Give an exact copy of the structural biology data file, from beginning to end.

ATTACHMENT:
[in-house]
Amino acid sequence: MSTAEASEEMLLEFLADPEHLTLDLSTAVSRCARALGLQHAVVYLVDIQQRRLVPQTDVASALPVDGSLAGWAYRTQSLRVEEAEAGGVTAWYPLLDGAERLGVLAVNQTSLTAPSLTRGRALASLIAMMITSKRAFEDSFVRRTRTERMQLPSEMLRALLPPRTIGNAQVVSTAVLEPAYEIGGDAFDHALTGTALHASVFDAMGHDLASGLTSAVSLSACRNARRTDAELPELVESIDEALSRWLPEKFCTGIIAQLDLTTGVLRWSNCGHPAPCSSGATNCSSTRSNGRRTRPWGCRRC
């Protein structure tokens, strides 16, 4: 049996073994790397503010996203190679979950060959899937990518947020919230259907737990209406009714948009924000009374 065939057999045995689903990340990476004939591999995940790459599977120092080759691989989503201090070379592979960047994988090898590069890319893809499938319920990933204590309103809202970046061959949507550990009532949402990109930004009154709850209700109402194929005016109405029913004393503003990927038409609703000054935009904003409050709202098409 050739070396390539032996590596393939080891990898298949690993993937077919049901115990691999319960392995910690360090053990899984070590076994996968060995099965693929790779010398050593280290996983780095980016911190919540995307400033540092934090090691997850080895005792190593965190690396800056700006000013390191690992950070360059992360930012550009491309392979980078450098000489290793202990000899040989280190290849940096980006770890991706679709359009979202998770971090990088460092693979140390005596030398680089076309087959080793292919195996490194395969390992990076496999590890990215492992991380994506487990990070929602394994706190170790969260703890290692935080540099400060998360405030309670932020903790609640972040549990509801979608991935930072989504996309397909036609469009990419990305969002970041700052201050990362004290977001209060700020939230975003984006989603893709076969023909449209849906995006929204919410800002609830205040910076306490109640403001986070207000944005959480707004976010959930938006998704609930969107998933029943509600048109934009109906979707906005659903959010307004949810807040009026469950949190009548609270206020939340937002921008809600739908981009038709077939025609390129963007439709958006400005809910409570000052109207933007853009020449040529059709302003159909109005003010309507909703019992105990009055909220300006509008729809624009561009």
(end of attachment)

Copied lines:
[in-house]
Amino acid sequence: MSTAEASEEMLLEFLADPEHLTLDLSTAVSRCARALGLQHAVVYLVDIQQRRLVPQTDVASALPVDGSLAGWAYRTQSLRVEEAEAGGVTAWYPLLDGAERLGVLAVNQTSLTAPSLTRGRALASLIAMMITSKRAFEDSFVRRTRTERMQLPSEMLRALLPPRTIGNAQVVSTAVLEPAYEIGGDAFDHALTGTALHASVFDAMGHDLASGLTSAVSLSACRNARRTDAELPELVESIDEALSRWLPEKFCTGIIAQLDLTTGVLRWSNCGHPAPCSSGATNCSSTRSNGRRTRPWGCRRC
């Protein structure tokens, strides 16, 4: 049996073994790397503010996203190679979950060959899937990518947020919230259907737990209406009714948009924000009374 065939057999045995689903990340990476004939591999995940790459599977120092080759691989989503201090070379592979960047994988090898590069890319893809499938319920990933204590309103809202970046061959949507550990009532949402990109930004009154709850209700109402194929005016109405029913004393503003990927038409609703000054935009904003409050709202098409 050739070396390539032996590596393939080891990898298949690993993937077919049901115990691999319960392995910690360090053990899984070590076994996968060995099965693929790779010398050593280290996983780095980016911190919540995307400033540092934090090691997850080895005792190593965190690396800056700006000013390191690992950070360059992360930012550009491309392979980078450098000489290793202990000899040989280190290849940096980006770890991706679709359009979202998770971090990088460092693979140390005596030398680089076309087959080793292919195996490194395969390992990076496999590890990215492992991380994506487990990070929602394994706190170790969260703890290692935080540099400060998360405030309670932020903790609640972040549990509801979608991935930072989504996309397909036609469009990419990305969002970041700052201050990362004290977001209060700020939230975003984006989603893709076969023909449209849906995006929204919410800002609830205040910076306490109640403001986070207000944005959480707004976010959930938006998704609930969107998933029943509600048109934009109906979707906005659903959010307004949810807040009026469950949190009548609270206020939340937002921008809600739908981009038709077939025609390129963007439709958006400005809910409570000052109207933007853009020449040529059709302003159909109005003010309507909703019992105990009055909220300006509008729809624009561009």